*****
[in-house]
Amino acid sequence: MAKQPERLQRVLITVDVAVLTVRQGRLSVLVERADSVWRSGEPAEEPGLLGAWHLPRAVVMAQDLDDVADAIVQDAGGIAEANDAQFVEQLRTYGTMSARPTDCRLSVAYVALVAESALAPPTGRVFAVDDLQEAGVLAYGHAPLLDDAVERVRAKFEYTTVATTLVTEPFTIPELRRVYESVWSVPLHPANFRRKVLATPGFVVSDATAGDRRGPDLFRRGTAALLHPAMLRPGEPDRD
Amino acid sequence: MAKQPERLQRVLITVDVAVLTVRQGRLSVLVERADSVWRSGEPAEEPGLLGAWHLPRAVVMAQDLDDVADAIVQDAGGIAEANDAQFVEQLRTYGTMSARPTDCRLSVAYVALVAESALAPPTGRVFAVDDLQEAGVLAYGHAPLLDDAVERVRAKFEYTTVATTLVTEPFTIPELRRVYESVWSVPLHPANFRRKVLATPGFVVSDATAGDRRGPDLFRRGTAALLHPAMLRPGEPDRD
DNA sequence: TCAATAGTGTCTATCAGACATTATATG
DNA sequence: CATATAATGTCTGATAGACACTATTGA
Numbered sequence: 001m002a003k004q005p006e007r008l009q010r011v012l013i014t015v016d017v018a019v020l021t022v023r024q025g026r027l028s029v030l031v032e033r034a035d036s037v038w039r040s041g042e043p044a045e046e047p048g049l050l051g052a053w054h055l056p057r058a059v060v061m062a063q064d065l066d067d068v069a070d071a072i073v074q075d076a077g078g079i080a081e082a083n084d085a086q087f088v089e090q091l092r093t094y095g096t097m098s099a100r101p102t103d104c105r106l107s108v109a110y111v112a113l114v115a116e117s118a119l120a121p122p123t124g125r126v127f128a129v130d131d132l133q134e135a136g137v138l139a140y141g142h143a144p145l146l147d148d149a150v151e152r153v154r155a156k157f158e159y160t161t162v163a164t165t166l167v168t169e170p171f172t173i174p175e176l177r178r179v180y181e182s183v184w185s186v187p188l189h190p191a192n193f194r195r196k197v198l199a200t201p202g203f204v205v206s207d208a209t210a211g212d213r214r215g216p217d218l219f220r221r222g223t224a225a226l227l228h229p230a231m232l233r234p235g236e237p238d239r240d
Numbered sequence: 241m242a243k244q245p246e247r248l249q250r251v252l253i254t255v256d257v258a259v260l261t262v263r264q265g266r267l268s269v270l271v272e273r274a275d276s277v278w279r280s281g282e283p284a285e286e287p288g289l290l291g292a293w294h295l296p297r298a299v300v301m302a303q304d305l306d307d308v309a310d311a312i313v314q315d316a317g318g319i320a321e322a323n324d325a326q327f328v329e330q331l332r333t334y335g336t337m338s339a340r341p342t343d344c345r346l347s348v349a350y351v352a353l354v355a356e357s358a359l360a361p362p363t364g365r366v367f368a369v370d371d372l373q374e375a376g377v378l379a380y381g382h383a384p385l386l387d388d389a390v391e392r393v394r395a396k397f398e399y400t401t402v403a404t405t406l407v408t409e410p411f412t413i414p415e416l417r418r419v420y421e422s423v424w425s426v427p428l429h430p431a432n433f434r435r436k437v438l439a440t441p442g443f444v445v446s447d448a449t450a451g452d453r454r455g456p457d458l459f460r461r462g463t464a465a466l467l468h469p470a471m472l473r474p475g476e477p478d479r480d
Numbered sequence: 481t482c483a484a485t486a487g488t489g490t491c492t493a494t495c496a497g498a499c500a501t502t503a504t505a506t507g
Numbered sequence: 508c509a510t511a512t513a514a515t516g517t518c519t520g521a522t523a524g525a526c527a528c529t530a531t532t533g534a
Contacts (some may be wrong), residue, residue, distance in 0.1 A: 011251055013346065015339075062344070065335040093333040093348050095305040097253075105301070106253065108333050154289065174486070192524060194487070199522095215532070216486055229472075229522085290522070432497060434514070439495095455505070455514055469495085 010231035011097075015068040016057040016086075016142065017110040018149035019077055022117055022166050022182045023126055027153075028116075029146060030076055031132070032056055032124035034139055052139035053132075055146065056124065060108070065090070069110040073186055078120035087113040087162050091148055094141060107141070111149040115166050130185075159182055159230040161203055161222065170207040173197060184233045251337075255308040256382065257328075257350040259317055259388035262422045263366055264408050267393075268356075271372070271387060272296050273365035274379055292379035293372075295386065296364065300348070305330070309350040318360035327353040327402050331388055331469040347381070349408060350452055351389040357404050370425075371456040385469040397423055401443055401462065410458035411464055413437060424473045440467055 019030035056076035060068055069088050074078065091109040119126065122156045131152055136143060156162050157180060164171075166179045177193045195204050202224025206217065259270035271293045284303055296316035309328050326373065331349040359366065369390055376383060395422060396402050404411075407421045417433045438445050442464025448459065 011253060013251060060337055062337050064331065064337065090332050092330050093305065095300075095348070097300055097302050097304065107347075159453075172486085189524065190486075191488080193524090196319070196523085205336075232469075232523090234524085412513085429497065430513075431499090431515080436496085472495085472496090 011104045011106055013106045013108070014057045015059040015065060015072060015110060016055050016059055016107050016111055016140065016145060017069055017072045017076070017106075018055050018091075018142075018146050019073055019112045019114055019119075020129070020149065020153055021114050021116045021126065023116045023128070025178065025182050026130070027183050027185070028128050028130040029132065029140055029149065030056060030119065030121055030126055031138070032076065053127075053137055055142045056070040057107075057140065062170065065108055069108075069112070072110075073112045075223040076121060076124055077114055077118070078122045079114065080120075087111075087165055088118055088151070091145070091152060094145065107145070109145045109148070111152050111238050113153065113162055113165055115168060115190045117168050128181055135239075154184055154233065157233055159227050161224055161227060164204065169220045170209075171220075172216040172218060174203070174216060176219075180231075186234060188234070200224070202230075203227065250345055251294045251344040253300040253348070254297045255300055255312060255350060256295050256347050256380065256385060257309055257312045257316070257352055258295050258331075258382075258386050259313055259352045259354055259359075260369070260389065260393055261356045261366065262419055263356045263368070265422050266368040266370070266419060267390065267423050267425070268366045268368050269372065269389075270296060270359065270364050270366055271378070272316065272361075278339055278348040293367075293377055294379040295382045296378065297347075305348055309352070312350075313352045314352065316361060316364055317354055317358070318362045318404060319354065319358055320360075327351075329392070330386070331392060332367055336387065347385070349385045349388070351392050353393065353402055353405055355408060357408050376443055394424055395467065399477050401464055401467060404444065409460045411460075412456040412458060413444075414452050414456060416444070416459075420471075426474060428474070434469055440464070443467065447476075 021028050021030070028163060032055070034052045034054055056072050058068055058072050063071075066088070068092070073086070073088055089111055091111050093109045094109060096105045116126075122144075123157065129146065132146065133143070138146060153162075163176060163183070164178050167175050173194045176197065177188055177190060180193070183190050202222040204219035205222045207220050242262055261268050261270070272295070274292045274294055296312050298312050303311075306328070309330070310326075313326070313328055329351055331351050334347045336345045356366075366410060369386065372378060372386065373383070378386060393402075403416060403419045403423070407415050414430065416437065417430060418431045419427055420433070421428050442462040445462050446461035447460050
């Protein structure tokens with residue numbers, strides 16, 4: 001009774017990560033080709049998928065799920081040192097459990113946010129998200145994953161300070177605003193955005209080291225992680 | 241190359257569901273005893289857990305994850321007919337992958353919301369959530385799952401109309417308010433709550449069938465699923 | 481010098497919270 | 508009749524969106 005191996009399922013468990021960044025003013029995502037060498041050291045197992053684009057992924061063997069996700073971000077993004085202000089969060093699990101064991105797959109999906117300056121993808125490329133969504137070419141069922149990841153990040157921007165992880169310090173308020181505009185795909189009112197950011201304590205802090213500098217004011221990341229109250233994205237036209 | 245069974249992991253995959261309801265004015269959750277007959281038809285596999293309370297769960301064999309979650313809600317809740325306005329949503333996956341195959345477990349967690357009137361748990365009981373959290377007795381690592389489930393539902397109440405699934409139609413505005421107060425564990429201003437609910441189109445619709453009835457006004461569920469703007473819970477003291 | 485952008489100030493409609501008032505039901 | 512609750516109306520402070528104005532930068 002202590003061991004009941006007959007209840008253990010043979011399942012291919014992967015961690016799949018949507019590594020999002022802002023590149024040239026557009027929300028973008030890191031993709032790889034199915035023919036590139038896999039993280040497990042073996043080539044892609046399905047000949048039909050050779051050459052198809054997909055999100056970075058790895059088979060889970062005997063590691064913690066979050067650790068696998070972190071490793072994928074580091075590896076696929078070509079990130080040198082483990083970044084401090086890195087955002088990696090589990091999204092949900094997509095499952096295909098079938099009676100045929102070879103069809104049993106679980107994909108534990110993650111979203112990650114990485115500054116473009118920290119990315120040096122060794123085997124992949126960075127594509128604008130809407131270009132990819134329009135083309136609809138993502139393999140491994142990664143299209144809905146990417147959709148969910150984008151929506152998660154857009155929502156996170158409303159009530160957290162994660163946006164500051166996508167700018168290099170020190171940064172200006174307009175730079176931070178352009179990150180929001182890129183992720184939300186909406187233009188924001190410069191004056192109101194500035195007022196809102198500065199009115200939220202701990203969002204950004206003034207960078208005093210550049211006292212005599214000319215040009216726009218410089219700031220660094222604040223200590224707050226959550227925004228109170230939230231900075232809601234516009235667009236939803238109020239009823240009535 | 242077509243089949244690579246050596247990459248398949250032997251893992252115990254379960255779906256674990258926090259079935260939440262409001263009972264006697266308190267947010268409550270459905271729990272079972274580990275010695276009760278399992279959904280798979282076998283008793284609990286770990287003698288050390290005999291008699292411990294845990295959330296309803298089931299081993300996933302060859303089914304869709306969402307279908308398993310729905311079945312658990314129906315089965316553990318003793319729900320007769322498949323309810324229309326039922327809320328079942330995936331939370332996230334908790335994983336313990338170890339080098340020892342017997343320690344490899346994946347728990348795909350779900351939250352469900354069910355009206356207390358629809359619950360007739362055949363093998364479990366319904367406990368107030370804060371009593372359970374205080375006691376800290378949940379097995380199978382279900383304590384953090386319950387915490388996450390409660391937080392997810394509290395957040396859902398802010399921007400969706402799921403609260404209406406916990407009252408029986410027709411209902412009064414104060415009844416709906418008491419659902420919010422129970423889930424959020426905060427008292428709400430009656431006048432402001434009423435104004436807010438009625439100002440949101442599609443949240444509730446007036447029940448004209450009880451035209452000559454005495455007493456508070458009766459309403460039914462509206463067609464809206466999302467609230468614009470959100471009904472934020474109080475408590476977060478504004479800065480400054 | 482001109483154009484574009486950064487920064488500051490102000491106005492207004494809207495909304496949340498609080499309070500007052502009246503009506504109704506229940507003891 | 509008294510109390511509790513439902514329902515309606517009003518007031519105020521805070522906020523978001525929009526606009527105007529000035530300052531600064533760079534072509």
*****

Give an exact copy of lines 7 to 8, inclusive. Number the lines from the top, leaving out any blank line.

Numbered sequence: 241m242a243k244q245p246e247r248l249q250r251v252l253i254t255v256d257v258a259v260l261t262v263r264q265g266r267l268s269v270l271v272e273r274a275d276s277v278w279r280s281g282e283p284a285e286e287p288g289l290l291g292a293w294h295l296p297r298a299v300v301m302a303q304d305l306d307d308v309a310d311a312i313v314q315d316a317g318g319i320a321e322a323n324d325a326q327f328v329e330q331l332r333t334y335g336t337m338s339a340r341p342t343d344c345r346l347s348v349a350y351v352a353l354v355a356e357s358a359l360a361p362p363t364g365r366v367f368a369v370d371d372l373q374e375a376g377v378l379a380y381g382h383a384p385l386l387d388d389a390v391e392r393v394r395a396k397f398e399y400t401t402v403a404t405t406l407v408t409e410p411f412t413i414p415e416l417r418r419v420y421e422s423v424w425s426v427p428l429h430p431a432n433f434r435r436k437v438l439a440t441p442g443f444v445v446s447d448a449t450a451g452d453r454r455g456p457d458l459f460r461r462g463t464a465a466l467l468h469p470a471m472l473r474p475g476e477p478d479r480d
Numbered sequence: 481t482c483a484a485t486a487g488t489g490t491c492t493a494t495c496a497g498a499c500a501t502t503a504t505a506t507g